Arts online Review Singapore

Review: The Staff Room by Impromptu Meetings

A timely lesson on what it means to be a good teacher.

As a student, have you ever wondered what goes on in the staff room, the most forbidden of forbidden spaces, where teachers are allowed to drop their fierce exterior and be their true selves? Impromptu Meetings are here to show you what may happen behind closed doors, as teachers battle it out to win the favour of students in The Staff Room.

Performed on Zoom, The Staff Room takes place in Xiao Ming Secondary School, where four teachers vie to get nominated for a prestigious teaching award. While each of them knows their worth, there’s one final factor that comes into play – student appeal. With one last class each on nomination day, math teacher Natasha (Cheryl Tan Yun Xin), artsy fartsy, accented art teacher Deirdre (Miriam Cheong), and the TikTok dance-loving PE teacher Reihan (Adeeb Fazah) attempt to amp up their final lesson with class 4D, adding in as many bells and whistles as they can manage to win the class’ affection.

The Staff Room toggles between two main ‘venues’ – a view of the staff room pantry, where the teachers fight over missing Lotus biscuits and unearth hidden secrets about each others’ past to gain an advantage, and breakout rooms, where we, as audience members, roleplay as class 4D, and experience each Zoom lesson for ourselves. Finding a careful balance between both styles of performance can be difficult, but The Staff Room works well to ensure that the transitions between both styles are clear, and we know exactly when we need to be attentive and ready for class, or sit back and watch the staff room drama unfold.

The most innovative segment of The Staff Room is, of course, expected to be the lessons themselves, where audience members get to participate and interact with each other via the chat box and the activities each teacher has planned. In theory, this is a rather creative way to ‘perform’, taking a leaf from actual teachers’ online lessons and introducing audience members to bingo-styled math worksheets, Kahoot quizzes testing our knowledge of famous art pieces (with a Spongebob twist), and emulating the trendiest new TikTok dances. But the interaction feels repetitive after a while, and the activities themselves not particularly engaging (owing to laggy screen sharing, or tapping out by the time we reach the more physically demanding PE lesson to end off).

The show’s saving grace then, lies in the actors’ performances, with each actor embodying the stereotypes their character has been given with gusto. As a Zoom performance, it is necessary to constantly perform at 110% to bridge the physical distance between audience and actor, and all three manage to maintain this throughout the performance, allowing such energy to translate across the screen. Furthermore, each actor also takes the time to read the chat logs, and address specific responses from the audience to make it feel that much more personal.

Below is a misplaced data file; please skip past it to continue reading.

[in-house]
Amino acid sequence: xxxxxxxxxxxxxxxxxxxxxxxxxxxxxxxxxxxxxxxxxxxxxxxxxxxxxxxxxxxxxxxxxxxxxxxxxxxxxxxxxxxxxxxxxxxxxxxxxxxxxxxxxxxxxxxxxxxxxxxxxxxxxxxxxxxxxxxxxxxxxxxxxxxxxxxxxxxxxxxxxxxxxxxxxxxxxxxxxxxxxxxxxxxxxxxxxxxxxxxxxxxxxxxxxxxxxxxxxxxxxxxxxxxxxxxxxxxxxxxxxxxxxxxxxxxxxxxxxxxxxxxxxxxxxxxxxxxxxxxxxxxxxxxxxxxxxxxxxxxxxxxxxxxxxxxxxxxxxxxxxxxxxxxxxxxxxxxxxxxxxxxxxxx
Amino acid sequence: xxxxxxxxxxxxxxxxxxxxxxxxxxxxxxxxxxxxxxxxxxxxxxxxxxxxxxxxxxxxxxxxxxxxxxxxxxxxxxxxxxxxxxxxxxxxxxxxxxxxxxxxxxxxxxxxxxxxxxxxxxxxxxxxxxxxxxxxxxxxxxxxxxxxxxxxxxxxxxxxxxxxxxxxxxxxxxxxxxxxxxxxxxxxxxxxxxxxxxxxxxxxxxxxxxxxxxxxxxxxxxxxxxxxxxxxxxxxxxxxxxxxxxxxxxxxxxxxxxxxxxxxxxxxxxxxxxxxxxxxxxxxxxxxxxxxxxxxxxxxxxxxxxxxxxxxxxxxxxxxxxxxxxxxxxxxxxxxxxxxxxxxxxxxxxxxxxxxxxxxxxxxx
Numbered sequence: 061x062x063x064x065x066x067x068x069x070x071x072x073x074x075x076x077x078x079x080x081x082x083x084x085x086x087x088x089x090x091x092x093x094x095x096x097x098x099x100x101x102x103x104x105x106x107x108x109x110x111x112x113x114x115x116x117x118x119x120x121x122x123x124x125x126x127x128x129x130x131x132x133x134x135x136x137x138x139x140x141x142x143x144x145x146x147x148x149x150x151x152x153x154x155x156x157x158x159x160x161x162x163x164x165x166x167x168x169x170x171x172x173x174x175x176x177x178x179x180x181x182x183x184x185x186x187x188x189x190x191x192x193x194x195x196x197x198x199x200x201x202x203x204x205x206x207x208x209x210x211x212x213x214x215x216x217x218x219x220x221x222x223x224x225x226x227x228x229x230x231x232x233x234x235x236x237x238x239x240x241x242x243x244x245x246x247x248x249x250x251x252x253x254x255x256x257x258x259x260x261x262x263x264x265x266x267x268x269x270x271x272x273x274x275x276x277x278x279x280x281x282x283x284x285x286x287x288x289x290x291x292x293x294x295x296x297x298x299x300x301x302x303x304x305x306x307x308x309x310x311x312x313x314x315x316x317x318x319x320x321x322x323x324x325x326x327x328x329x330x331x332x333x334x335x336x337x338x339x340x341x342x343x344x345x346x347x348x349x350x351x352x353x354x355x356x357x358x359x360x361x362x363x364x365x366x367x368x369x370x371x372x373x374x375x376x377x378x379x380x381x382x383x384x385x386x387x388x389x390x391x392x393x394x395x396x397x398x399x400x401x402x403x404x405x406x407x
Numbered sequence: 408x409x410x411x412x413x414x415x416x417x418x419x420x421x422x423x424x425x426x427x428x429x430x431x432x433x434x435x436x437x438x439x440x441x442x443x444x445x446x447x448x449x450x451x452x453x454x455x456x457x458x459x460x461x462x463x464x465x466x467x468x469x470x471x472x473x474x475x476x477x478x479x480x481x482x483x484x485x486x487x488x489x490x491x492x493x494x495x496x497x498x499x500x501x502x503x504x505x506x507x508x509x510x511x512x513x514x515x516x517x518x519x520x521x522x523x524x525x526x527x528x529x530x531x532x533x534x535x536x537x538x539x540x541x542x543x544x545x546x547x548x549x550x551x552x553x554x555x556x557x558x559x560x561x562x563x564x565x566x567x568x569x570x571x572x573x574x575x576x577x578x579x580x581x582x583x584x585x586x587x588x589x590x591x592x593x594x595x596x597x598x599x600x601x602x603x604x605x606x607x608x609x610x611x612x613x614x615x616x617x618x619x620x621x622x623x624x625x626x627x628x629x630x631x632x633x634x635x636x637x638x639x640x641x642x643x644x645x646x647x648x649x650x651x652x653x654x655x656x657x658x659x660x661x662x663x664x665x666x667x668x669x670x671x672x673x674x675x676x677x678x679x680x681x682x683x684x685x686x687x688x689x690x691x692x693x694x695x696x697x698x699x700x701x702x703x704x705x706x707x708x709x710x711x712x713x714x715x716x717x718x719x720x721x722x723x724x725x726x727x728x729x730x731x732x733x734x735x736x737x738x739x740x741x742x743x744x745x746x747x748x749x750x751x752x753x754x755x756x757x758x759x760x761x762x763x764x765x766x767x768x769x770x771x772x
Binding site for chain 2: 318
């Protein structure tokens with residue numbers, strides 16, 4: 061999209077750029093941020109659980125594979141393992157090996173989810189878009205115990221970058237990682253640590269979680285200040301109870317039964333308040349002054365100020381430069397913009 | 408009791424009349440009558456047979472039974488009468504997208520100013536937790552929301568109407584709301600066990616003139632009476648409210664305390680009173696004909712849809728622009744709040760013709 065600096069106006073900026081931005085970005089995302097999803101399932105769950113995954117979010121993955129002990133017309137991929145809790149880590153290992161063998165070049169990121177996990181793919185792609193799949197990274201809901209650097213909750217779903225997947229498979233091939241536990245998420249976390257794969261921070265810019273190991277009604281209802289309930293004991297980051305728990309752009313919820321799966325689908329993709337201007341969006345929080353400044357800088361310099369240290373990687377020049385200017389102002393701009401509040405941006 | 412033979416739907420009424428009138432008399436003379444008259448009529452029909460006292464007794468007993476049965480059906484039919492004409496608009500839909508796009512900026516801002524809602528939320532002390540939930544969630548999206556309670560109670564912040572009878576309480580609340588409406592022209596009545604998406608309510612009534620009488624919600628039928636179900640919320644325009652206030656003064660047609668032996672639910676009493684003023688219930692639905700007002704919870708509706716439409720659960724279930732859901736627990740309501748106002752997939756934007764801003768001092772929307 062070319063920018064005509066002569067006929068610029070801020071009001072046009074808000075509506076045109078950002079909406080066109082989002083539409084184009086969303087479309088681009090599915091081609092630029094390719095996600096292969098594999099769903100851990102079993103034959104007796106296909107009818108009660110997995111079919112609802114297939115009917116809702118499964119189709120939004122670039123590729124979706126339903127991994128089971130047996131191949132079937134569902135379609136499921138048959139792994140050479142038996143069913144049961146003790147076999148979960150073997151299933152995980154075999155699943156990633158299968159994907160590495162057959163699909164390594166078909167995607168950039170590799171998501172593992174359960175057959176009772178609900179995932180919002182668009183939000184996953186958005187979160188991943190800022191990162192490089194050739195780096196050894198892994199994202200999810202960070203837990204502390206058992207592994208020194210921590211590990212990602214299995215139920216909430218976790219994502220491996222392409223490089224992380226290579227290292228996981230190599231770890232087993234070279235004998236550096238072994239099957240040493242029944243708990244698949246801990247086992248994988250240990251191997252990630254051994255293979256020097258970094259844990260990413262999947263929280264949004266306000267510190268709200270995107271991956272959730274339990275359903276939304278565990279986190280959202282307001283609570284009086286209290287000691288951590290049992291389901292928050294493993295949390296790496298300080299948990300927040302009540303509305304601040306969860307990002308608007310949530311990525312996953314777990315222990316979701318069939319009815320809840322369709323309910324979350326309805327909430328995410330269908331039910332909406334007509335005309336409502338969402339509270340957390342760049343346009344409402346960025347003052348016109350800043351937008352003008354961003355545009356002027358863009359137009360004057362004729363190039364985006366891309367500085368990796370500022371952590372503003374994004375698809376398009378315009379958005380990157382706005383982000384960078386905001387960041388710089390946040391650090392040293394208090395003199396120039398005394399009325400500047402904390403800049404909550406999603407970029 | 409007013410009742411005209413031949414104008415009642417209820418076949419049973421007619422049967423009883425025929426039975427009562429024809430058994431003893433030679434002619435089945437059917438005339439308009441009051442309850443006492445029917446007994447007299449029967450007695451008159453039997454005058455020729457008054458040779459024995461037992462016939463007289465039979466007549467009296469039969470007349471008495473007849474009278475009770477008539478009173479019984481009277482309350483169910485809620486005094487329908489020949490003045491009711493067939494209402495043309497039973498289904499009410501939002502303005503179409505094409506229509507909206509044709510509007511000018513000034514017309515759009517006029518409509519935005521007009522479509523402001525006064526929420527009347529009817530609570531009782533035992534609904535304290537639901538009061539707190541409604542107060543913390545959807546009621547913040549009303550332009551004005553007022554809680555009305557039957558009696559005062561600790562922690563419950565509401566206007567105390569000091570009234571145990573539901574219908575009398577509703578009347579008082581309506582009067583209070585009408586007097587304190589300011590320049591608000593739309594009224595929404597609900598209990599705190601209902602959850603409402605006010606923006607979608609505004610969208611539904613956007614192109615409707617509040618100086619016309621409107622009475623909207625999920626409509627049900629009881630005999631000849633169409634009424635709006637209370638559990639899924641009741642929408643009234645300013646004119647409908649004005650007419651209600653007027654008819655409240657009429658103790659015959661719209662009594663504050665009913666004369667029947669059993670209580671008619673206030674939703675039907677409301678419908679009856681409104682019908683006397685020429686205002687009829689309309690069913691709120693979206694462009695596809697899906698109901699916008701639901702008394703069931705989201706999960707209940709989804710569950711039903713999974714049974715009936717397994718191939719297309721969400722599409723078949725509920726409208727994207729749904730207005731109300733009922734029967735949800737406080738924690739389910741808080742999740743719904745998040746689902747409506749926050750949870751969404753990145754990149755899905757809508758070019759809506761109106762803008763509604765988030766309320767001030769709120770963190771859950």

The stereotypes themselves are low-hanging fruit, and make for easy laughs. Miriam and Adeeb play slightly unbelievable, extreme versions of art and PE teachers, but Cheryl shines brightest as the strict, curt Math teacher, being the most realistic of the three, and who never stops chiding us about how ‘doing the Math is the real prize’. More importantly, there are layers to each character when they reveal their fears and backstories in the staff room, allowing us to understand their personal vendettas against each other, or their ‘necessity’ as examinable subjects.

While it does take some time to get there, The Staff Room eventually ends on a chaotic note, and in the rubble, all three teachers come to learn the most important lesson of all – that they never did need to try to gain students’ affection through newfangled trends. Having already done things like showing how willing they are to stay back with their students during crunch time, or attempting to get students to see the merit in their work when they themselves cannot, is already more than enough to demonstrate duty of care for students.

With the creative potential already there, the team just needs some work on refining the script and execution, and Impromptu Meetings can bring their work to another level to make their already poignant message hit even harder. But for now, aptly performed on Teachers’ Day weekend, The Staff Room is a simple but entertaining evening out that showcases Impromptu Meetings’ propensity for fun and a reminder to us all of the amount of love and care teachers have for us.

The Staff Room played on 3rd and 4th September 2021 online. Follow Impromptu Meetings on Instagram

1 comment on “Review: The Staff Room by Impromptu Meetings

  1. Pingback: ★★☆☆☆ Review: The Lobby by Impromptu Meetings – Bakchormeeboy

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